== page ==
Designing Marketing Channels

Design of the marketing channel is critical for the success of a business. The important factors affecting the designing of a marketing channel are strategic objectives, product portfolio, target market, technological advancements, competition, channel structure, channel intensity, the type of intermediaries required at different levels and the costs involved in selecting a particular channel. Channel structure states the number of levels of channel intermediaries like distributors, wholesalers, and retail­ers used by an organization to reach its target customer, whereas channel intensity denotes about the number of channel intermediaries required at each level.

It is observed that the use of only one channel is not sufficient in the current technologically advanced period. There is a need to develop differ­ent channels to serve different-sized clients. Many companies are adopting multichannel structure that optimises channel coverage, adjustability and control. This also minimises the cost and conflict.

Channel length and channel breadth are also very critical in the designing of a marketing channel. The channel length is the number of channel partners between the company and the customers and channel breadth is the number of outlets with product availability for the custom­ers. Marketing channels can be either short or long. A short channel will have few intermediaries and a long channel will have many intermediaries working to move the products from the company to the customers. The commonly used channel levels are zero level, one level, two levels, and three levels.

1. Marketing Channels in the Consumer Markets

In a zero-level channel, the company sells the products directly to the customers. This can be done through online retailing, direct selling, and so on. Many companies like Kent, Oriflame, Eureka Forbes, Avon, Amway, Tupperware, and Herbalife in India follow zero-level channel structure to reach their customers. Online sale of Dell products is also an example of zero-level channel structure. In a one-level channel, the company sell the products to customers through one channel intermediary. This channel intermediary can be a distributor or a retailer. One-level structure is mostly used by companies selling electronic goods, petroleum products, automo­biles. For example, Lenovo directly supplies its products to the authorized dealers, who sell them to the customers. There are two-channel intermedi­aries between the company and the customer in the two-level channel struc­ture. Usually, these two intermediaries are the distributor and the retailer. The company sells the products to the retailer through its distributor. The retailer then sells the products to the customers. Two- level marketing channel is mostly used by companies selling fast moving consumer goods. Pharmaceutical companies also follow the two-level channel structure. There are three-channel intermediaries between the company and the cus­tomer in the three-level marketing channel. Usually, these three intermedi­aries are the distributor, the agent, and the retailer. In the three-level chan­nel structure, an agent mediates between the distributor and the retailer.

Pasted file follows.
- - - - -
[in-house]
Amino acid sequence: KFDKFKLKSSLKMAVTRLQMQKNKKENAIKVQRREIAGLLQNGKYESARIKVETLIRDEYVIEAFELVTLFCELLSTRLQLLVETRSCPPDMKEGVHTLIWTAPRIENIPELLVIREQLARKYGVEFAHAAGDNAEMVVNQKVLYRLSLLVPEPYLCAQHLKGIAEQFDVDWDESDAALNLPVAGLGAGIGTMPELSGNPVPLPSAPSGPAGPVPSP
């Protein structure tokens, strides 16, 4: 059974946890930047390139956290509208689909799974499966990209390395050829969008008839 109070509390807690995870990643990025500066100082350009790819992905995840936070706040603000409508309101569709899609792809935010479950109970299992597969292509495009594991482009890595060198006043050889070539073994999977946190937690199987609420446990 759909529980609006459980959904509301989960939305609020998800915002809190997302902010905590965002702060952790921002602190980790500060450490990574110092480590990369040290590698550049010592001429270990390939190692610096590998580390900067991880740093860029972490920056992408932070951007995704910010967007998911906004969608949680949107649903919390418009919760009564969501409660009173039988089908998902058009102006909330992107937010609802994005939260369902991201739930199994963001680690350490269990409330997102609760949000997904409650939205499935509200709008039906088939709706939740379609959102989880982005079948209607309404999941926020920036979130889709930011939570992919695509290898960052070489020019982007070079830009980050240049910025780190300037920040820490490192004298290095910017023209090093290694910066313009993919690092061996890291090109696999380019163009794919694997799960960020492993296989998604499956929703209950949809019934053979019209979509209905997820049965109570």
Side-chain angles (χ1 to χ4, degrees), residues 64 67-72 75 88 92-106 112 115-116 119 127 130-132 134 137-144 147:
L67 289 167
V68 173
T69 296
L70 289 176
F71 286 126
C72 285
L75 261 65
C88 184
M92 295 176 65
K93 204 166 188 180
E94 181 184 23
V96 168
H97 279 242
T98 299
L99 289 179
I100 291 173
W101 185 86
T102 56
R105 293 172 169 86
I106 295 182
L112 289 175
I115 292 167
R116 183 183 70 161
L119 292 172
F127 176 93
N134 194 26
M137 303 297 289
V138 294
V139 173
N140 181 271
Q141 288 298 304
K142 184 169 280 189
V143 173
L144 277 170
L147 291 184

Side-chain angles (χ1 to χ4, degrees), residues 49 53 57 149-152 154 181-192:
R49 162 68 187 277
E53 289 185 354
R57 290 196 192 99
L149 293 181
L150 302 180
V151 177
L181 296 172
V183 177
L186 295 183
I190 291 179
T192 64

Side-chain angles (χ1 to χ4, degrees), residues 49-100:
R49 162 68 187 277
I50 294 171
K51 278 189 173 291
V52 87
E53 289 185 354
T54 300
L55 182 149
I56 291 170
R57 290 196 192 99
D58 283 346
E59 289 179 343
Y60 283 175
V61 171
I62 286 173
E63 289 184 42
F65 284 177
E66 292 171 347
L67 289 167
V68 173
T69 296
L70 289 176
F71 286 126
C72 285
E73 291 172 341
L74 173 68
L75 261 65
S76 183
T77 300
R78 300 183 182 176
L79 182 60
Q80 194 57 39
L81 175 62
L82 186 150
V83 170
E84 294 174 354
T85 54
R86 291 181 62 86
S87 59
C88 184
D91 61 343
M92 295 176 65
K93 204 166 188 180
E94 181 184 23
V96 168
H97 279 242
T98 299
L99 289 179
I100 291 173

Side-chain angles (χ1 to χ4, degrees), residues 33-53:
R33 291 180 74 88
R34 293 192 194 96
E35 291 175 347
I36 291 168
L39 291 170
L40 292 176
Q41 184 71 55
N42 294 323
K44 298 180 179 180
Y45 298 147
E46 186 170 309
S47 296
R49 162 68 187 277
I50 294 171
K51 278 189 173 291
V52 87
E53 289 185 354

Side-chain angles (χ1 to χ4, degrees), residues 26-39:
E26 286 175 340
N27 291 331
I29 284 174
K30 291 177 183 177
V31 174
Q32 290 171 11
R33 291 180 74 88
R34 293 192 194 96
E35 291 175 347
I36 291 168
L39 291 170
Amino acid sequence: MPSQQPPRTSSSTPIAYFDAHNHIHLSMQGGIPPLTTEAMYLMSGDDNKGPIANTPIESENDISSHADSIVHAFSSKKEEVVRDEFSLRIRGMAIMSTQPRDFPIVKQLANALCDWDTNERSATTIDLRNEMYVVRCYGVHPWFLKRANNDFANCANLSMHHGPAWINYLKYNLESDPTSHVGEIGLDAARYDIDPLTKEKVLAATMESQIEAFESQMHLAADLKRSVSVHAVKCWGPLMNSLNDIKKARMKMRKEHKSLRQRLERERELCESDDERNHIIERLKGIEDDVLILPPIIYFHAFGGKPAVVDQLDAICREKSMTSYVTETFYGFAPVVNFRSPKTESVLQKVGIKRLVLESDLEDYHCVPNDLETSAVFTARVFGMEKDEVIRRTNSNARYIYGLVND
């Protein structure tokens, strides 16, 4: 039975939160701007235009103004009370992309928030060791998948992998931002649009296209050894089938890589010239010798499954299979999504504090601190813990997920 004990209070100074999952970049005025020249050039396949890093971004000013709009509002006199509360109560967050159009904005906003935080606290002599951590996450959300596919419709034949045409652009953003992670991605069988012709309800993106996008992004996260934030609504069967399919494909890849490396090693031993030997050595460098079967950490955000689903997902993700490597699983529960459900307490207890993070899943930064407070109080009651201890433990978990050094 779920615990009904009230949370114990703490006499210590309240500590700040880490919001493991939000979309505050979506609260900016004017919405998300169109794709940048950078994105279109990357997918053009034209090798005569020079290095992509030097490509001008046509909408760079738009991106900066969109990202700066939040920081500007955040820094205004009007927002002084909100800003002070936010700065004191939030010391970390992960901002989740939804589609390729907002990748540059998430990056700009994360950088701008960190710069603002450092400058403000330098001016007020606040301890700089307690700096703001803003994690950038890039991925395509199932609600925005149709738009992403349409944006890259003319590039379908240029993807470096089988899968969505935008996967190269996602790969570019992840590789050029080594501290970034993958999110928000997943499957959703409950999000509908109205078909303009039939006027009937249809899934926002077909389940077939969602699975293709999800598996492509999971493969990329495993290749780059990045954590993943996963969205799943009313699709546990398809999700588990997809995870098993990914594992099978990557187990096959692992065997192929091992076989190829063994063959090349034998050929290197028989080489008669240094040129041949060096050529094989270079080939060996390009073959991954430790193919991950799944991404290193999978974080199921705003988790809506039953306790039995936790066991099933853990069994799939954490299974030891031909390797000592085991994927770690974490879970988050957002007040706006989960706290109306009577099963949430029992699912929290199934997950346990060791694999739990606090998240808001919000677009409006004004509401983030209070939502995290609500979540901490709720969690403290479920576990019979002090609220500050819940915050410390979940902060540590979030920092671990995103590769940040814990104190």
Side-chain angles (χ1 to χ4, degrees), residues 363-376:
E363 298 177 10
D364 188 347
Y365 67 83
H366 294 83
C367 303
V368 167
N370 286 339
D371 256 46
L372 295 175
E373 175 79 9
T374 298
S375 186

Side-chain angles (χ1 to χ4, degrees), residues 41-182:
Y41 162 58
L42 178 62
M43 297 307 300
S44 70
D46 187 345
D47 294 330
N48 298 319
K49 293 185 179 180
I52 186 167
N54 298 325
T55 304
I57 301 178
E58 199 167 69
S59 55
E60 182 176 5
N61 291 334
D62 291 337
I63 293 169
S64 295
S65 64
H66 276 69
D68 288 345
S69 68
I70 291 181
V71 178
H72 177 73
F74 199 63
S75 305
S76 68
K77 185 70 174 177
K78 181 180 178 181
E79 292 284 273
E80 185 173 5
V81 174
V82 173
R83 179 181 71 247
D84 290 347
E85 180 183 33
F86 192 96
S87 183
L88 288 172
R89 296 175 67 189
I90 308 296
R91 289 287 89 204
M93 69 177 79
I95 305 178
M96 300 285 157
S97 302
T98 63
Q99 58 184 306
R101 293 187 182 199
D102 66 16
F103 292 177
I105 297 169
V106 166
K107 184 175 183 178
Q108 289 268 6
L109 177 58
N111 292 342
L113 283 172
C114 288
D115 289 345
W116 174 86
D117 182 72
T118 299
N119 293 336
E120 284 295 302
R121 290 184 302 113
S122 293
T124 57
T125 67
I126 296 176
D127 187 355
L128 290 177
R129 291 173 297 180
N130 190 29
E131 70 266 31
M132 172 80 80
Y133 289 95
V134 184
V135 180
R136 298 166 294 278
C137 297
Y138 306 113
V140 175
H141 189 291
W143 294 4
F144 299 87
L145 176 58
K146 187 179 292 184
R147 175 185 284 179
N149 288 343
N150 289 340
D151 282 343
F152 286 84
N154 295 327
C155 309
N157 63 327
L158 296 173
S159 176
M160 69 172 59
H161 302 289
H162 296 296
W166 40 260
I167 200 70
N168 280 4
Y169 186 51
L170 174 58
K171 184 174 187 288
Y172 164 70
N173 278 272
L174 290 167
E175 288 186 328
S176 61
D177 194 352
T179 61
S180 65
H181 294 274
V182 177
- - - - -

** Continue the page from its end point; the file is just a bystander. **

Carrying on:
For example, many agents procure orders of medicines from the hospitals and also help in the delivery of these products by mediating between the distributor and the retailer. Figure 21.1 shows the different marketing channel levels in consumer markets.

2. Marketing Channels for Services

Service organizations go for short channels because of intangibility and perishability of products. In most cases, the service organizations follow a zero-level channel as these companies sell the products directly to the cus­tomers whereas few service organizations like insurance, travel, real estate do need an intermediary, often an agent, who mediates between the com­pany and the customer and helps to complete the transaction. Figure 21.2 shows the different marketing channel levels for service organizations.

3. Marketing Channels in the Industrial Markets

Companies marketing industrial products usually prefer shorter marketing channels than consumer products companies due to geographical concen­trations and relatively few customers. In a zero-level channel, the company sells the products directly to the industrial customers. Most of the com­panies in industrial selling follow the zero-level channel. In a one-level channel, the company sell the products to customers through the industrial distributors. Most of the companies in the industrial markets follow the one-level channel structure. There are two channel intermediaries between the company and the customer in the two-level channel structure. These two intermediaries are the company’s representative and the industrial dis­tributor. In the three-level channel structure, an agent mediates between the industrial distributor and the company’s representative. For example, many agents procure export orders by mediating between the distributor and the company representative. Figure 21.3 shows the different marketing channel levels in industrial markets.

Source: Richard R. Still, Edward W. Cundliff, Normal A. P Govoni, Sandeep Puri (2017), Sales and Distribution Management: Decisions, Strategies, and Cases, Pearson; Sixth edition.

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